Schiff says he wants to speak with constituents before deciding on impeachment

House Intelligence Committee Chairman Adam SchiffAdam Bennett SchiffFive things to watch as Jan. 6 panel begins its work Schiff: Jan. 6 committee mulling subpoenas, testimony from riot participants House erupts in anger over Jan. 6 and Trump's role MORE (D-Calif.) said on Sunday that the facts in the impeachment inquiry are "not contested" but that he has not yet personally decided where he stands in terms of supporting the impeachment of President TrumpDonald TrumpCuban embassy in Paris attacked by gasoline bombs Trump Jr. inches past DeSantis as most popular GOP figure in new poll: Axios Trump endorses Ken Paxton over George P. Bush in Texas attorney general race MORE

Schiff, who has led the probe, said on CNN's "State of the Union" that the "facts" are "not contested." He said there is overwhelming evidence based on testimony from various fact witnesses that backs allegations that Trump solicited foreign interference in the 2020 election. 

But Schiff would not go as far as to say he supports impeachment. 

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"I want to discuss this with my constituents and colleagues before I make a final judgment on this," Schiff said.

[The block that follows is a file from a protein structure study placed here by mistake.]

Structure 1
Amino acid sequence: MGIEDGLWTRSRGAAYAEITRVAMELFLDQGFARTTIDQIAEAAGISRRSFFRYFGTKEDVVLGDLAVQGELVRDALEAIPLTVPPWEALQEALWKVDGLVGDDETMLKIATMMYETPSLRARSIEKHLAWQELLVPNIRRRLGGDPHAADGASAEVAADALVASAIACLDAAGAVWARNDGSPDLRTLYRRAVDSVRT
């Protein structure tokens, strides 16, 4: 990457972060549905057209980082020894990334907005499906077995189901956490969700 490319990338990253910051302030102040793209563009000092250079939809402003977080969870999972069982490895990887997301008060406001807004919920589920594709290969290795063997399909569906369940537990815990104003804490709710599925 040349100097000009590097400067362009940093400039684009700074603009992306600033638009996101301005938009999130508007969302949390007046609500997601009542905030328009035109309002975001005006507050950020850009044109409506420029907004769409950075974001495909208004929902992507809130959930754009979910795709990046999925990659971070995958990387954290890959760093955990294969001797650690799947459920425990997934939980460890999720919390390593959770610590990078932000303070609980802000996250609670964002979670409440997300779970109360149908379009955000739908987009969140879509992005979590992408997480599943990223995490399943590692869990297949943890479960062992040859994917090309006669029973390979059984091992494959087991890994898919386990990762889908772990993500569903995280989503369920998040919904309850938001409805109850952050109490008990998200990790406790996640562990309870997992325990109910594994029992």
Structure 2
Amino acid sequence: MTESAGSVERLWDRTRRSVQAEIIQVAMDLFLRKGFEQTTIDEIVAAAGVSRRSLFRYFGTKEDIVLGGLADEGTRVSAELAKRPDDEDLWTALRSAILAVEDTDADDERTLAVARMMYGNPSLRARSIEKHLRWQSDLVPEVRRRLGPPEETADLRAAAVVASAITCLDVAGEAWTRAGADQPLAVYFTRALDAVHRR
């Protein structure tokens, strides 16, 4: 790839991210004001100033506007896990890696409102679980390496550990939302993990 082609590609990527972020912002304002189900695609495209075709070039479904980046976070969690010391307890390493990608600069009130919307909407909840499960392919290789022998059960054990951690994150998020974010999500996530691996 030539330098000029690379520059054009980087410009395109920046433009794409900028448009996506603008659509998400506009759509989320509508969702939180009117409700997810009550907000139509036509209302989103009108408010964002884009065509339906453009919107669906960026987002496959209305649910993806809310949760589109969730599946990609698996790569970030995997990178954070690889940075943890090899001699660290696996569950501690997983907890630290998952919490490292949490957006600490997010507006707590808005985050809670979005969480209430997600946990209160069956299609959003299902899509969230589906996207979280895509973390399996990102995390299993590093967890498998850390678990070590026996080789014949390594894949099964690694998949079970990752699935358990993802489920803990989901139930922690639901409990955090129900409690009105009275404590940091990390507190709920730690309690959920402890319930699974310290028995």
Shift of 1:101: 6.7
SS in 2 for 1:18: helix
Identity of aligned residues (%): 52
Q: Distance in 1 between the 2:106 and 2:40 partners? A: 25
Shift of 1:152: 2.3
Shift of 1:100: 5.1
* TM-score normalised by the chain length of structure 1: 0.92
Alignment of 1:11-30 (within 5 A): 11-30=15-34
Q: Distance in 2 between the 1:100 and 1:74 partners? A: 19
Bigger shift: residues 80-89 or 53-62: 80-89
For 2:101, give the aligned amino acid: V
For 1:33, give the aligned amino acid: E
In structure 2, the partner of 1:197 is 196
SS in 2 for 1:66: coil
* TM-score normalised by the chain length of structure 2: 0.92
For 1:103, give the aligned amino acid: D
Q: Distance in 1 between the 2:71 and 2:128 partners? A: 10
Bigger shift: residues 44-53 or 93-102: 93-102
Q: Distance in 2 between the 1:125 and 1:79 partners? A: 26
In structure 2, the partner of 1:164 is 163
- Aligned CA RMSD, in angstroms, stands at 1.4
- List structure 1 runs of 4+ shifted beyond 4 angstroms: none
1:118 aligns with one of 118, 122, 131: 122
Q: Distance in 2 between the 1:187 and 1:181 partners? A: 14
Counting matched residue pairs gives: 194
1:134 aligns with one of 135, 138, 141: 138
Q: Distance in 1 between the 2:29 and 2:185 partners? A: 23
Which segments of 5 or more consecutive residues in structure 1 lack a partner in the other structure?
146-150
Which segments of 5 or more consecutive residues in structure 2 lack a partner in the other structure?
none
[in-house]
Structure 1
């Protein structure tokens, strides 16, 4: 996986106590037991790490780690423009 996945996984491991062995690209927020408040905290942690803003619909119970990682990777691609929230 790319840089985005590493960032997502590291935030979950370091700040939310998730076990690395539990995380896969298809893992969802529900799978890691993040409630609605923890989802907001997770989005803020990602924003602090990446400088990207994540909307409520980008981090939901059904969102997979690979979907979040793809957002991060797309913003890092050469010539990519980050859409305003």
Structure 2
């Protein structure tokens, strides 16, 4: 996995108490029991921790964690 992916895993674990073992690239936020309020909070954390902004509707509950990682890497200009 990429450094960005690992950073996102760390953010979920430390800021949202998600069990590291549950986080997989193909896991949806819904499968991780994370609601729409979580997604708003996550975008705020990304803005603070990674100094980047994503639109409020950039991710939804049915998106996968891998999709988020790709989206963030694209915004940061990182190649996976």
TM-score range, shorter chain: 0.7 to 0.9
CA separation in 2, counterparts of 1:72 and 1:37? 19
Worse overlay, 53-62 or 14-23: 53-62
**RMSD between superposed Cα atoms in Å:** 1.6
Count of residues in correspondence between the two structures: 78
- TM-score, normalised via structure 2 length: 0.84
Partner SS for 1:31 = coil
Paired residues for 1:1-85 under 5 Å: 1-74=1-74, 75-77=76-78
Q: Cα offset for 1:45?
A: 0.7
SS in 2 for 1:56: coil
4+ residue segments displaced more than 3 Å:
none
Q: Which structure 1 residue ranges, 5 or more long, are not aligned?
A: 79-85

CNN's Jake TapperJacob (Jake) Paul TapperHouse Republican calls second bout of COVID-19 'far more challenging' Fauci says vulnerable populations may need vaccine booster shots Sunday shows - Jan. 6 investigation dominates MORE asked Schiff how he has not yet come to a conclusion if he believes there are overwhelming facts that back his position.

"I certainly think that the evidence has been produced overwhelmingly shows serious misconduct from the president," Schiff said. "I certainly want to hear more from my constituents and more from my colleagues."

"At the end of the day, this is a decision about whether the Founding Fathers had in mind this kind of misconduct when they gave Congress this remedy. And I have to think that this is very much central to what they were concerned about, that is an unethical man or woman takes that office, uses it for their personal political gain," Schiff said. 

"If that wasn't what the founders had in mind, it's hard to imagine what they did," he added.